|Publication number||US7301221 B2|
|Application number||US 11/217,776|
|Publication date||Nov 27, 2007|
|Filing date||Aug 31, 2005|
|Priority date||Apr 22, 2003|
|Also published as||US7297617, US7585753, US20040212046, US20060006499, US20080070392|
|Publication number||11217776, 217776, US 7301221 B2, US 7301221B2, US-B2-7301221, US7301221 B2, US7301221B2|
|Inventors||Paul A. Farrar, Jerome M. Eldridge|
|Original Assignee||Micron Technology, Inc.|
|Export Citation||BiBTeX, EndNote, RefMan|
|Patent Citations (51), Non-Patent Citations (4), Referenced by (22), Classifications (54), Legal Events (5)|
|External Links: USPTO, USPTO Assignment, Espacenet|
The present application is a divisional of U.S. application Ser. No. 10/420,331, filed Apr. 22, 2003, which is incorporated herein by reference in its entirety.
This invention relates to semiconductor devices and semiconductor device fabrication. Specifically this invention relates to a method and apparatus of doping semiconductor regions and diffusion of dopants during semiconductor processing.
As the minimum feature size achievable in semiconductor manufacturing decreases, the diffusion rates of dopants become a significant impediment for achieving desired device structures and corresponding performances. Unfortunately there are only a limited number of possible solutions for this problem. As the minimum feature size decreases, the number of devices that can be formed in a given area increases with the inverse square of this feature size while dopant diffusion rates remain constant. As the areal density of devices is raised, both the device size and inter-device distances must shrink accordingly. In addition, as device areas have been shrunken laterally, optimal dopant diffusion depths have been substantially decreased.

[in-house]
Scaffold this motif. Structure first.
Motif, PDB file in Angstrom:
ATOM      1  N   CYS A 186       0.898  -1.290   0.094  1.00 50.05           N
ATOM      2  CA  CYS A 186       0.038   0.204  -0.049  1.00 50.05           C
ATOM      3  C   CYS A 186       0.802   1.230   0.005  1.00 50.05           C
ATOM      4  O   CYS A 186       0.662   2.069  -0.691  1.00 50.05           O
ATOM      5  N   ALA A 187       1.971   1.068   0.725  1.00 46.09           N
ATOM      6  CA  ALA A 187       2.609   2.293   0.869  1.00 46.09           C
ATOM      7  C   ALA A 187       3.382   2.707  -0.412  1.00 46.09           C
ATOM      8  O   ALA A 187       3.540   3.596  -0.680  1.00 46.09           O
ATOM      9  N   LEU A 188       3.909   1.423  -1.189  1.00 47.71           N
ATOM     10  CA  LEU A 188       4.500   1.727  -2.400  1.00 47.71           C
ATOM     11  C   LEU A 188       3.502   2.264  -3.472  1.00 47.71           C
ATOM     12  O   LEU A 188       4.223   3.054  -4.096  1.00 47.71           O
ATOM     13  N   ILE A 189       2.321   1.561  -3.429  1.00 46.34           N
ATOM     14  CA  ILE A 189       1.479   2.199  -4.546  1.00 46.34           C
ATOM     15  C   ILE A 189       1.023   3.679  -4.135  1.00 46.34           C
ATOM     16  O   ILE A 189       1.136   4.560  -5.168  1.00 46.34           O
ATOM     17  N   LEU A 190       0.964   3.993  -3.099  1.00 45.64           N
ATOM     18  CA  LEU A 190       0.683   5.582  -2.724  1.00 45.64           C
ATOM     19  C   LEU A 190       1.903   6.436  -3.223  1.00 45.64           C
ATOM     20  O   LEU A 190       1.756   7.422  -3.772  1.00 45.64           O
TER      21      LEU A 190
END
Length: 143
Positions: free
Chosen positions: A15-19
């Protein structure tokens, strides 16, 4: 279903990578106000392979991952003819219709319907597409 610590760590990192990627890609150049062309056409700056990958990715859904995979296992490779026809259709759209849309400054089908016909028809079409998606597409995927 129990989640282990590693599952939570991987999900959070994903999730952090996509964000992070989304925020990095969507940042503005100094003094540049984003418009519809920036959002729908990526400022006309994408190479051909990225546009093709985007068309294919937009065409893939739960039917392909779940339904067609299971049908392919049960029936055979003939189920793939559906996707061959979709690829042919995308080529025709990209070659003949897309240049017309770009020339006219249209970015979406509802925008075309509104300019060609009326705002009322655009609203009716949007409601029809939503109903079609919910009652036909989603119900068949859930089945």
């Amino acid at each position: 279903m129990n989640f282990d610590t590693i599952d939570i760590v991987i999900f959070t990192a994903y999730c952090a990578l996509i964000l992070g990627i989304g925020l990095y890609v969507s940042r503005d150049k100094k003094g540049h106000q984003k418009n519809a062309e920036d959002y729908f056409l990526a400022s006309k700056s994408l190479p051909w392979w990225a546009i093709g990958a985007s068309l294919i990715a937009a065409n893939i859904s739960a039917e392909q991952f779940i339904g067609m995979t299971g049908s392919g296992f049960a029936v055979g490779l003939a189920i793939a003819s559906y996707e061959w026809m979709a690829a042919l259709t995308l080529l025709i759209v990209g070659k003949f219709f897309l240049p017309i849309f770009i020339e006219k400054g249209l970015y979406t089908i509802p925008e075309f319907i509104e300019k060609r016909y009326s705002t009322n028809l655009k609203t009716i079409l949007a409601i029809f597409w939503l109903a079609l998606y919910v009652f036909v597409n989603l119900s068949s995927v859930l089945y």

Using current processing methods, dopant diffusion depth is largely affected by annealing operations, typically performed subsequent to an implant step. Thermal annealing is performed for a number of reasons, including activation of implanted dopant ions. Annealing also causes diffusion of the dopant species. Depending on the device design requirements and processes, the resulting redistribution of the as-implanted dopant ions can be unacceptably large.
What is needed is a method to control diffusion of dopant species in a matrix lattice. What is also needed is a device with a sharper diffusion gradient of dopant elements. What is also needed is a device capable of withstanding higher processing temperatures for longer periods of time without unacceptable diffusion of dopant elements.